Mar 2–Apr 29, 2015

The Ulster Museum

Evolution amidst Revolution
45 Merrion Square, Dublin 2 Map
Tue–Fri 10am–5pm

The Ulster Museum as it stands today, set within the Botanic Gardens in Belfast, is the result of three main phases of development which, remarkably, coincide with defining periods in the history of the province: the birth of Northern Ireland, the outbreak of ‘The Troubles’ and post-Good Friday Agreement. However, the museum has evolved not only amidst political revolution, but during a time of radical change within architecture.
First shown in Belfast in 2014, this exhibition was originally organised in collaboration with the 2014 Venice Architecture Biennale. The theme of that Biennale was ‘Absorbing Modernity: 1914–2014’ and by casting your eye from right to left across the Ulster Museum’s north façade you can see the literal representation of this theme.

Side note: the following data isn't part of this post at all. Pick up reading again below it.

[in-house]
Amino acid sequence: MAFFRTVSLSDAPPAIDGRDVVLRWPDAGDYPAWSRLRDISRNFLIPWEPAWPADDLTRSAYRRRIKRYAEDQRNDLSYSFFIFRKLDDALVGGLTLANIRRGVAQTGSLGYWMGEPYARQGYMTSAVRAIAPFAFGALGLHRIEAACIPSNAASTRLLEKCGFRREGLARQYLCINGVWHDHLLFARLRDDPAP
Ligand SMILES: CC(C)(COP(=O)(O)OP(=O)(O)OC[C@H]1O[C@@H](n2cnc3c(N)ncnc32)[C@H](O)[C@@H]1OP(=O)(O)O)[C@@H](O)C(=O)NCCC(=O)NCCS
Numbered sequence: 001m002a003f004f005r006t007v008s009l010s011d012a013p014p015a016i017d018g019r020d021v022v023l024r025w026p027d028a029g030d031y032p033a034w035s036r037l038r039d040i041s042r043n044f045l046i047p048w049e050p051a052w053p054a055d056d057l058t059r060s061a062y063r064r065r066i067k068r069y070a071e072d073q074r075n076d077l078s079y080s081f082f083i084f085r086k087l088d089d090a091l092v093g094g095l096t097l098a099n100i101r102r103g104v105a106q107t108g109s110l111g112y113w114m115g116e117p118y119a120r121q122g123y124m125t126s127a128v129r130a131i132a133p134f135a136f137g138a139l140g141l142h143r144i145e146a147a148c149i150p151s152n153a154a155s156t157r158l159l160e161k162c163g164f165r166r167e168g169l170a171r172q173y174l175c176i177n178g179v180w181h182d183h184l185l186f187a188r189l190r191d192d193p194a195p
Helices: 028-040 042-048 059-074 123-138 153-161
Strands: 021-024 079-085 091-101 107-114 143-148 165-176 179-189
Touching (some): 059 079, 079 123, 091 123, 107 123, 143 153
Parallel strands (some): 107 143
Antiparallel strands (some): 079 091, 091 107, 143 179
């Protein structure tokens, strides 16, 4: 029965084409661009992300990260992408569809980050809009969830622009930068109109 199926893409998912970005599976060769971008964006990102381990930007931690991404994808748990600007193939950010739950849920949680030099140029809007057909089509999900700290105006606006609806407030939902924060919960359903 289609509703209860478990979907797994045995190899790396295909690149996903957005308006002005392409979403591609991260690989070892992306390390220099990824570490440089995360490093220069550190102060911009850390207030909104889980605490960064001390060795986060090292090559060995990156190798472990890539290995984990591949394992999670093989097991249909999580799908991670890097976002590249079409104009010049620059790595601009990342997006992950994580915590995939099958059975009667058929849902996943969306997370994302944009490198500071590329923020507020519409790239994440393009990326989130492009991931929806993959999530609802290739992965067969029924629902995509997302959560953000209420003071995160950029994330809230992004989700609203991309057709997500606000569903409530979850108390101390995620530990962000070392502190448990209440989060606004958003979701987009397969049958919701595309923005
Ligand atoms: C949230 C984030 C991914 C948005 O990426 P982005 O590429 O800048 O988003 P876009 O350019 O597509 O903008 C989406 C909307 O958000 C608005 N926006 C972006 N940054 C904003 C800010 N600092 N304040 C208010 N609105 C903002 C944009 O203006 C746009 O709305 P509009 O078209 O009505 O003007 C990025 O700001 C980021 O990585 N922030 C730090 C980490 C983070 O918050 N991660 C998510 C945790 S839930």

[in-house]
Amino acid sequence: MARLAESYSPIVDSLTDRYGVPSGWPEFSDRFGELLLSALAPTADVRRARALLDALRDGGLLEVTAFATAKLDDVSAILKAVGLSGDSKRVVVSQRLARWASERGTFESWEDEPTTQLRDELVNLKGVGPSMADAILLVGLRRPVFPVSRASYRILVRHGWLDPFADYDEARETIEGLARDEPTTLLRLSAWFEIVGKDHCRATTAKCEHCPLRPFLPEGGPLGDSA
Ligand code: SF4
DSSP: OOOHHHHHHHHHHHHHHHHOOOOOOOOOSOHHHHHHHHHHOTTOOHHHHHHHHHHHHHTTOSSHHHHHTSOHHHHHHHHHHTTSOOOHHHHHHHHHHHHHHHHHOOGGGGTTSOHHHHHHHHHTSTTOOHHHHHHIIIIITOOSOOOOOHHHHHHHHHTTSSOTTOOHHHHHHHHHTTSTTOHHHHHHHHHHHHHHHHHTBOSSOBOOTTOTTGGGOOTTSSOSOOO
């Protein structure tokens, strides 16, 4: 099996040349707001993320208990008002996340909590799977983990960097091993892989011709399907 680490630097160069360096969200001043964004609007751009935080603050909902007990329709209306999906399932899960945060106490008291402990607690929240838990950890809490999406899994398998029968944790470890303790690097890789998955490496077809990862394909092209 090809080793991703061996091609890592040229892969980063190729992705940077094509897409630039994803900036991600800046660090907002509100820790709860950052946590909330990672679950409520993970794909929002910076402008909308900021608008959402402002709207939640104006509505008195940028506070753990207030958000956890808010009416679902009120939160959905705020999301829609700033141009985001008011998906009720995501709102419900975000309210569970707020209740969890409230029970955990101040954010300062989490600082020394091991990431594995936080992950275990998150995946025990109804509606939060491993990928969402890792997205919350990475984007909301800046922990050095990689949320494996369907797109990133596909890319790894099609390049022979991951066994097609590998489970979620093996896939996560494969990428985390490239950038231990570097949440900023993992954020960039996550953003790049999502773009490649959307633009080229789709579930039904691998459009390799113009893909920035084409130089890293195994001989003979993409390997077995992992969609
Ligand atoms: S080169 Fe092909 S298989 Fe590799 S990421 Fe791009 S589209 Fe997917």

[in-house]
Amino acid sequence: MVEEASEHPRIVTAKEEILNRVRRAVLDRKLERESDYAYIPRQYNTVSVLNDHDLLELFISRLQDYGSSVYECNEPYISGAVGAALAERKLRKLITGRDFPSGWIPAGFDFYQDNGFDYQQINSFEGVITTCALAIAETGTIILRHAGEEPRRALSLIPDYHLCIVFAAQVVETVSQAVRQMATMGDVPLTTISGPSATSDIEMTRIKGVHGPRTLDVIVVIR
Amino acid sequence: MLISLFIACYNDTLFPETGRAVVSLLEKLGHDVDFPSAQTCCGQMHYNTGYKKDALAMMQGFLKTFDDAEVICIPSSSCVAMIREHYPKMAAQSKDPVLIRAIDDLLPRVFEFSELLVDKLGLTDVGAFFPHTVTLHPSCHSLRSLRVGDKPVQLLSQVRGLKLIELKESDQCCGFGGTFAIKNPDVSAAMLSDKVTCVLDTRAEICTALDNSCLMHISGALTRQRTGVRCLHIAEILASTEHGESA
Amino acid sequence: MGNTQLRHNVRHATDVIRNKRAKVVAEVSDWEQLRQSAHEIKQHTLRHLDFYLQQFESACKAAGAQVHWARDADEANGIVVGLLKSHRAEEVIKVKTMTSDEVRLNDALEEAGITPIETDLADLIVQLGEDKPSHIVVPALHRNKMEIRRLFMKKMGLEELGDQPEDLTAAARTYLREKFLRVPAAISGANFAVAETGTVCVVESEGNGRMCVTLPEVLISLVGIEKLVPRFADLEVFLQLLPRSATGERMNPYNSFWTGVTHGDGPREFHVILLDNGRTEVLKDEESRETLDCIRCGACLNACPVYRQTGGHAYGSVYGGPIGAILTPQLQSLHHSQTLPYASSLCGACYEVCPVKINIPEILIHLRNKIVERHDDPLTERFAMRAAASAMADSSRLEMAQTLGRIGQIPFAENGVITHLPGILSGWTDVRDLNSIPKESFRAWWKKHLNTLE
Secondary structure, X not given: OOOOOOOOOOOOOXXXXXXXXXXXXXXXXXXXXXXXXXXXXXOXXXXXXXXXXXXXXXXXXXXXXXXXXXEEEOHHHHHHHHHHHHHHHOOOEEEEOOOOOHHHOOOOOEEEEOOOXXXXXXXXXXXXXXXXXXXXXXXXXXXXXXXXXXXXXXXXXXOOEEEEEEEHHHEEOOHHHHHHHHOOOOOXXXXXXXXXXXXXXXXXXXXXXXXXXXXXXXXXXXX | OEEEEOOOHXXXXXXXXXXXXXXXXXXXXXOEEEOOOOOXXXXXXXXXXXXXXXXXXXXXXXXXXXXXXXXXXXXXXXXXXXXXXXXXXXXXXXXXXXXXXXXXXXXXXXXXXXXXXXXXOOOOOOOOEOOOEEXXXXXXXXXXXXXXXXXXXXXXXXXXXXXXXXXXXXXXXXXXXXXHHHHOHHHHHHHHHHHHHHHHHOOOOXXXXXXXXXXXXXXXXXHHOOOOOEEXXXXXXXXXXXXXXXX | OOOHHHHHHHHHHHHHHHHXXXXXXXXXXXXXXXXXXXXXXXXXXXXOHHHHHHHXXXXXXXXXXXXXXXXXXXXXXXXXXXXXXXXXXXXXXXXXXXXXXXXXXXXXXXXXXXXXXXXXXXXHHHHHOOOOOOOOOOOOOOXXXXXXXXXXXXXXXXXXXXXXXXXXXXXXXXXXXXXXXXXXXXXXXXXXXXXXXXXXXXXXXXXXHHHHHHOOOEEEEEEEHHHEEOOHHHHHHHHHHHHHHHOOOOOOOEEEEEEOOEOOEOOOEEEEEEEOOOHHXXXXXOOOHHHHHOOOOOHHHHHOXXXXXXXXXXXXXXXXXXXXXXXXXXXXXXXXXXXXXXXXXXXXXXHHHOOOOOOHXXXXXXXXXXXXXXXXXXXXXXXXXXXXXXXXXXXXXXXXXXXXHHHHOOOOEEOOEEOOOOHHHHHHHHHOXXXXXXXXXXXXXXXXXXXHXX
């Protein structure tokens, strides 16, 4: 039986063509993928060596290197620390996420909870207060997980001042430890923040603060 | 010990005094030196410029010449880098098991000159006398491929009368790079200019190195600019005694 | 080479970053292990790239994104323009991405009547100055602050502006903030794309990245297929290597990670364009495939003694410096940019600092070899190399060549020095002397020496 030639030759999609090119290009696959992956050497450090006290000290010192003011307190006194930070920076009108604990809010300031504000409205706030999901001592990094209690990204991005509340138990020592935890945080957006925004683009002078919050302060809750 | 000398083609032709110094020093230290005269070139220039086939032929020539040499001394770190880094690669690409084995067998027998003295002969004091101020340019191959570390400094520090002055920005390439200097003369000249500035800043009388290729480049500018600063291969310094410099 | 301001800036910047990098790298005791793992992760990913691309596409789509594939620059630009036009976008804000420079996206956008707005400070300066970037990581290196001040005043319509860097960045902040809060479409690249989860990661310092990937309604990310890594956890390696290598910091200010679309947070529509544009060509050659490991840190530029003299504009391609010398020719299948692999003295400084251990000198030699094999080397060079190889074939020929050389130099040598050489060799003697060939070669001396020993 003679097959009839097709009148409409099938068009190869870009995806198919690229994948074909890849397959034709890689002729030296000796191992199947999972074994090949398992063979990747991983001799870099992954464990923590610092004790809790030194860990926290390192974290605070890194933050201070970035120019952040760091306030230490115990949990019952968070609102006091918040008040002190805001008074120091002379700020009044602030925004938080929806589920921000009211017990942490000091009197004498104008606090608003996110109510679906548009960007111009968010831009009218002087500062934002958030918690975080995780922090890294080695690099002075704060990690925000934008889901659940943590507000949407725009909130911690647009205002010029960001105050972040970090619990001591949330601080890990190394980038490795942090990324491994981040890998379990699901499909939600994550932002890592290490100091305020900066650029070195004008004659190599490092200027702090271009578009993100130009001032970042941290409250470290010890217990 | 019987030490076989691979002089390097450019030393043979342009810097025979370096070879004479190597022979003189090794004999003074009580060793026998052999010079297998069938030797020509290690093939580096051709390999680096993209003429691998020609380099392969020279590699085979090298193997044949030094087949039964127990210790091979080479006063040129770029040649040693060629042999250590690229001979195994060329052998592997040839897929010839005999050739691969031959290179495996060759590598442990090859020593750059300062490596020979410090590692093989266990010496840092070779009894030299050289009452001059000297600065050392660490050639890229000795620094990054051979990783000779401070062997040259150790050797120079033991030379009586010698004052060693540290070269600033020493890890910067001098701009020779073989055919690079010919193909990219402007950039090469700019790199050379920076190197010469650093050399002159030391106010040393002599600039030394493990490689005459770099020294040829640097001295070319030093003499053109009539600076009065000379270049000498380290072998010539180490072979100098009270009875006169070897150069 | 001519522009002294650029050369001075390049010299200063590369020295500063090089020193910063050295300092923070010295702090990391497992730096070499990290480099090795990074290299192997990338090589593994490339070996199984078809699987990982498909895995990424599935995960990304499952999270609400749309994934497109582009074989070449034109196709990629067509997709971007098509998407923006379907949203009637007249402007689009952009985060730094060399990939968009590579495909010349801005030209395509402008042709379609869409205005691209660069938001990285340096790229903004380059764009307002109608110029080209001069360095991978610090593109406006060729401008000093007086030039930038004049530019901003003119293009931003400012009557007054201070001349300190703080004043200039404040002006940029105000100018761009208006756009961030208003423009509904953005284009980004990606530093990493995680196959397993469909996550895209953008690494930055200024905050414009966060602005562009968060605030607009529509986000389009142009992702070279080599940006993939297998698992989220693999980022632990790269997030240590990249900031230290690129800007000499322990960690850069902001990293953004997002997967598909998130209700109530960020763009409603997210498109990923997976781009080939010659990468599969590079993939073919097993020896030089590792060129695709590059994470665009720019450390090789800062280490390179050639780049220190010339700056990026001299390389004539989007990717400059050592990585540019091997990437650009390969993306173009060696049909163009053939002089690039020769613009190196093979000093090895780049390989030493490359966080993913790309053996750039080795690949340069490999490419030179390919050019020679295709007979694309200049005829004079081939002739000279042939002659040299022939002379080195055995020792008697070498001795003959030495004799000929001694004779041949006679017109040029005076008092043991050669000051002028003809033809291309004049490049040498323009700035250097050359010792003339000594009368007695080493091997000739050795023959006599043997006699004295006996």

As an exploration of the evolution of architectural styles across the twentieth century – from Edwardian Classicism to 1960s modernist Brutalism – this exhibition is a worthy addition to the Irish Design 2015 programme.